Opinion: The school’s social climate is toxic

Aliza Bellas, Guest Writer

High school is notorious for its harsh social climate. As everyone is figuring out their place, social dynamics often can become intense, and CESJDS is no exception to that rule. At the beginning of freshman year, I struggled with a difficult social environment and a peer who decided to hate me. This hatred only escalated and began to affect my daily life.  

The situation got so dire that I would go home every day dreading school and feeling bad about myself. Girls would talk about me behind my back, glare at me in the hallways and tell my friends that nobody wanted me around. They even went to the extent of throwing food at my lunch table. 

The worst part about the situation was how powerless I felt. I knew that if I tried to take action to stand up for myself, they would only continue to make my life miserable. And on top of my own misery, it was worse to know that others feel similarly.

In a survey of 51 high school students who were polled about the social climate at JDS, 41.1% of students thought the school was a toxic environment and 39.2% of students said they would not be welcomed if they asked to sit at another clique’s table for lunch. 

[JDS] is very cliquey, and since the school is very small, word gets around fast,” a survey respondent said. “People like to cause a lot of drama, make a big deal out of something that is not and spread around various information.”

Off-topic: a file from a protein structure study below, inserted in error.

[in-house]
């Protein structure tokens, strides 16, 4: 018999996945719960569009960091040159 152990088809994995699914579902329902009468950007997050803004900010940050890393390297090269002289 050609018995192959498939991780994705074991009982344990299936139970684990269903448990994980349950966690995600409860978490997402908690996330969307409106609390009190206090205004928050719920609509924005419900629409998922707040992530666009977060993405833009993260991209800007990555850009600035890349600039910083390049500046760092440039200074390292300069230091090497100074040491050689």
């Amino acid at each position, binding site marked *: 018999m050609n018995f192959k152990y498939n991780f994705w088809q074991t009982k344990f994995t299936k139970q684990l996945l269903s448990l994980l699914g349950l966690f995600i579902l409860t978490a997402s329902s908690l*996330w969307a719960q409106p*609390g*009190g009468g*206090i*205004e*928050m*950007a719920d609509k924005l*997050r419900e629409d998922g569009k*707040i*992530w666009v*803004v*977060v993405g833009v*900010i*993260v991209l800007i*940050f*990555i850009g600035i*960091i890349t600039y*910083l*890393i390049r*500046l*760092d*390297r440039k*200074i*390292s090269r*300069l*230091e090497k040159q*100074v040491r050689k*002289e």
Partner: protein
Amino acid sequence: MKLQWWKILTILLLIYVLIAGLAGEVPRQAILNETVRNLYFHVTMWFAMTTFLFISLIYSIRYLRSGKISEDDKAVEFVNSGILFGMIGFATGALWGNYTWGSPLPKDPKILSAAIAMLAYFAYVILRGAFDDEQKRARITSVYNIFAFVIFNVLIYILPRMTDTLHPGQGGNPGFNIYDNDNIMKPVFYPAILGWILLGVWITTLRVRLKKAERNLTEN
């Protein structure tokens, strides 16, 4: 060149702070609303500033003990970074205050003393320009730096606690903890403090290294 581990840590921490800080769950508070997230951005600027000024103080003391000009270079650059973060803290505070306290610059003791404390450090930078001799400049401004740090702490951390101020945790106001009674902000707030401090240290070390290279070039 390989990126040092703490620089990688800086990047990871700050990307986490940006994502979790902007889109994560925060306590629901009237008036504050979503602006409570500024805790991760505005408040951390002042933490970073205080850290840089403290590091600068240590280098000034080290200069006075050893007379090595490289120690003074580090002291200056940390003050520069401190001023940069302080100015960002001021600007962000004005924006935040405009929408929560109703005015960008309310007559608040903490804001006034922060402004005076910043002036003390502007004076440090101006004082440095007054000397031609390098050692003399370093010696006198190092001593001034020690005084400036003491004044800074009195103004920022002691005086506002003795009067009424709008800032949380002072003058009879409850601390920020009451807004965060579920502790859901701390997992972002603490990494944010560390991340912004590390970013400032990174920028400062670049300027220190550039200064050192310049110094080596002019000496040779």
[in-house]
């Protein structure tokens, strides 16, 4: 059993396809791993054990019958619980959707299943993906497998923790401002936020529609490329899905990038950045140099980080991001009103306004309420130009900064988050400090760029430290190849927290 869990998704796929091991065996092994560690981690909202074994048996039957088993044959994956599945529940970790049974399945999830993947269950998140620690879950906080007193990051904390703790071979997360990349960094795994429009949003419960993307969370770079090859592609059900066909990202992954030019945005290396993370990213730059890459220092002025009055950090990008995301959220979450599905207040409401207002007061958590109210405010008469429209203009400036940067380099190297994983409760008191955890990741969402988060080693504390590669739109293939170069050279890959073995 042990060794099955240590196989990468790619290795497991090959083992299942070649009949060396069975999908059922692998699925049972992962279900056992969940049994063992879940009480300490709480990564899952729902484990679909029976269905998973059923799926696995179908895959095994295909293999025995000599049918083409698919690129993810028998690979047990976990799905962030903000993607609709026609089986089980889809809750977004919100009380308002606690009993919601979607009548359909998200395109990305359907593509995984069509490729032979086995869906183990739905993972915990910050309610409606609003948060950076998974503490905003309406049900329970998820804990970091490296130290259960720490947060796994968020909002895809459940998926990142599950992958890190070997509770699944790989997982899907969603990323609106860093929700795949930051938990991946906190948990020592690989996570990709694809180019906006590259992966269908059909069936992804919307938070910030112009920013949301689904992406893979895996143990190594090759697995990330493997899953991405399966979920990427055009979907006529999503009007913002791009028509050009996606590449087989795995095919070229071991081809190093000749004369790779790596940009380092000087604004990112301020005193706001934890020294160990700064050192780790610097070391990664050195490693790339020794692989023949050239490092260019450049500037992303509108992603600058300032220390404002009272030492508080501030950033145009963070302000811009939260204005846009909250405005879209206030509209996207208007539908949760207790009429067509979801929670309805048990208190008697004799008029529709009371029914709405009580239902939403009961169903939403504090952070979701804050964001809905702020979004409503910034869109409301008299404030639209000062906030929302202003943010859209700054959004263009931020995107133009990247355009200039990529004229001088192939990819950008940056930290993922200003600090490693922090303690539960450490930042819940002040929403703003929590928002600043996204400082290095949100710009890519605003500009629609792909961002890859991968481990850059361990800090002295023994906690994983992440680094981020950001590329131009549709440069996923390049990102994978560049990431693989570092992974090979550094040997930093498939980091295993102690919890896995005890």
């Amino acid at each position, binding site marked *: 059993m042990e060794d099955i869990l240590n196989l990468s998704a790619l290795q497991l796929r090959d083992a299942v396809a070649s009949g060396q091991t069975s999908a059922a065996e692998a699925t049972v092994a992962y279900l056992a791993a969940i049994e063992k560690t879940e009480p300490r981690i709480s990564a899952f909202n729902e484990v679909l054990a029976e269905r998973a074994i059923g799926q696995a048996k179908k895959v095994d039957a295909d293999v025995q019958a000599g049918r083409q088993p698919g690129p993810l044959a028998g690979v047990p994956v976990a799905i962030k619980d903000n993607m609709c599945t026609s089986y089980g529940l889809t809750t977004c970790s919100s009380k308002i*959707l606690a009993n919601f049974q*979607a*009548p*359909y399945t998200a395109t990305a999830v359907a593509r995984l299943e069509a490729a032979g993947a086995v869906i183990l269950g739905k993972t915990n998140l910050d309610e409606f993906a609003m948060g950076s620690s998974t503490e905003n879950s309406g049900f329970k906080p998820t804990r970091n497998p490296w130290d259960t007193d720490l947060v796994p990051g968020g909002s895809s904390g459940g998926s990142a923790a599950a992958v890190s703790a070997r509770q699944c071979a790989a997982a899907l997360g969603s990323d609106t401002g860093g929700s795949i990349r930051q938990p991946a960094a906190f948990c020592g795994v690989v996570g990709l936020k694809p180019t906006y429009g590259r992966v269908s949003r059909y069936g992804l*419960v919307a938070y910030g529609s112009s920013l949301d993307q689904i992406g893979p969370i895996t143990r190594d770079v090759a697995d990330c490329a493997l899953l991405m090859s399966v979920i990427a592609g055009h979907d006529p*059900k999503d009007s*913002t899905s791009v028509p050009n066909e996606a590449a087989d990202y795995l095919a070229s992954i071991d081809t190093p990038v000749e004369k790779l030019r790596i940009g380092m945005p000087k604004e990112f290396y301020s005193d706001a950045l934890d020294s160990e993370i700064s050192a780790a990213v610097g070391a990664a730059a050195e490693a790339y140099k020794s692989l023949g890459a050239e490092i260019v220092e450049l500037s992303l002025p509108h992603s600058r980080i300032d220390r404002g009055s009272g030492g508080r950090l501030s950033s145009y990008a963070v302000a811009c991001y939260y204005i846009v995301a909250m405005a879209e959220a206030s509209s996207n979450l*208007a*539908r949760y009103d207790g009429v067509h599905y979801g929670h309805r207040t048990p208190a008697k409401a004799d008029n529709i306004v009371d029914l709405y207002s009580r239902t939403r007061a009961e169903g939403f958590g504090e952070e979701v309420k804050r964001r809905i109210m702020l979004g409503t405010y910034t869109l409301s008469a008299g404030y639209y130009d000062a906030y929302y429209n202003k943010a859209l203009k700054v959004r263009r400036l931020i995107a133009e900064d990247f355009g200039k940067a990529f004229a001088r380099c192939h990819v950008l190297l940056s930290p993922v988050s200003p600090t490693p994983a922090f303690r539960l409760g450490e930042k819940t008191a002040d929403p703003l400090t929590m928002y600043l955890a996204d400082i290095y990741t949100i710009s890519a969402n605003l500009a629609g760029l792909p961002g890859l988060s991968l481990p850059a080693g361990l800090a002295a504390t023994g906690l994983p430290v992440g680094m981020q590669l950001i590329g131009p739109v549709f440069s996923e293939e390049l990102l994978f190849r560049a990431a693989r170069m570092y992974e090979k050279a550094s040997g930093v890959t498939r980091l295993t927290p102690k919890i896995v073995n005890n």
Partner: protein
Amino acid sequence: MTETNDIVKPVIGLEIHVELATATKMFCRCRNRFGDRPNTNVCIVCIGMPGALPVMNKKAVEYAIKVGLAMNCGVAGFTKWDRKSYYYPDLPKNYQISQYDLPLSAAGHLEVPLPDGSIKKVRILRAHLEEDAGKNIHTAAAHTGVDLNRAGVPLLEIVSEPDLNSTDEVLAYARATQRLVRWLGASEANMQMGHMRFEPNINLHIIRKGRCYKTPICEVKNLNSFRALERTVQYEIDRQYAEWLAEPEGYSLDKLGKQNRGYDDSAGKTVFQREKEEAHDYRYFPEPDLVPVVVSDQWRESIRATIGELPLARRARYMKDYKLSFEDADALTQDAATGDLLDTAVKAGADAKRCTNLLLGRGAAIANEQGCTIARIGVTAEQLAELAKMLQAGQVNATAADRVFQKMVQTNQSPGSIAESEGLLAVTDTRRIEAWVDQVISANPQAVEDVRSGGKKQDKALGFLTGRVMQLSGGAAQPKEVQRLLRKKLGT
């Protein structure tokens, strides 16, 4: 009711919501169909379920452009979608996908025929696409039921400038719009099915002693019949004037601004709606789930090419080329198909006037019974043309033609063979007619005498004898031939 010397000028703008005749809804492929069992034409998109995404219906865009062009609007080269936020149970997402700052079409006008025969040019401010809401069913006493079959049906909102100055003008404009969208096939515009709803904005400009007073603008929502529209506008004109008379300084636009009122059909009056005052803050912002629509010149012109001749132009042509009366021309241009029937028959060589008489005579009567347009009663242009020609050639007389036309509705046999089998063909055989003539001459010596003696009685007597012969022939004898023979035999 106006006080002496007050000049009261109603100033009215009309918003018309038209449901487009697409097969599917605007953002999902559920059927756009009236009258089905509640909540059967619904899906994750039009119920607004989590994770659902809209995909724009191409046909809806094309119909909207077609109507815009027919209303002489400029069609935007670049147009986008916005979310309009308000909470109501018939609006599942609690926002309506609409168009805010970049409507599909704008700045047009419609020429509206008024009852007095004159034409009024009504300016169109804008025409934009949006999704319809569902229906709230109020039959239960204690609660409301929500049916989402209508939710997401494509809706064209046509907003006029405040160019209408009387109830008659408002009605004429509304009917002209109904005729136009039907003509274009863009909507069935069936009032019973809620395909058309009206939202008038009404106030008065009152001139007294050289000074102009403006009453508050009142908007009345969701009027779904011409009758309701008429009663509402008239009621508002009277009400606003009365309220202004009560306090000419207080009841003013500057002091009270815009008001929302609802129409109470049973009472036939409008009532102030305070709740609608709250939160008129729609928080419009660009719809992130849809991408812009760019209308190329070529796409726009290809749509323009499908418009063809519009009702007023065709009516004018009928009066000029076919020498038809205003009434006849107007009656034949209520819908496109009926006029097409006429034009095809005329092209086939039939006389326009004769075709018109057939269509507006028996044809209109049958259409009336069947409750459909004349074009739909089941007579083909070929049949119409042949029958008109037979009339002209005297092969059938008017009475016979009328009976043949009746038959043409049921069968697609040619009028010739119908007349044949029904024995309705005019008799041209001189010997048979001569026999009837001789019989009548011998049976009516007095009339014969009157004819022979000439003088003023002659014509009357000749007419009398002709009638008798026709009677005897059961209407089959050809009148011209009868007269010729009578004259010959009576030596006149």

I think that the cliquey environment at school is partially attributed to the fact that many students have known each other since early childhood and exclusive friend groups have formed over time. However, this is not an excuse for the toxicity that has manifested as a result. 

The administration has recognized that JDS has a cliquey environment and has made attempts to encourage students to branch out and make new friends. One of the attempts is called K’hilah, or advisory. Dean of Students Roz Landy said that K’hilah groups were created to give students a new group of friends as well as another teacher to rely on for support. Despite this goal, she acknowledges that the program is less than popular with many students.

It’s not enough for the administration to recognize this cliquiness as an issue and try to push us to be friends with people we are not – that is unrealistic. It’s not enough for you to walk by someone sitting alone and think to yourself “I feel bad for them.” Most importantly, it’s not enough to just say “this social division is a big problem.”

The only way we will move past this toxicity is if every student makes an effort to create a more inclusive and community-centered environment. I think that if we can take responsibility for our actions and hold each other accountable, there will be a much more good-natured JDS community and change will be on the horizon.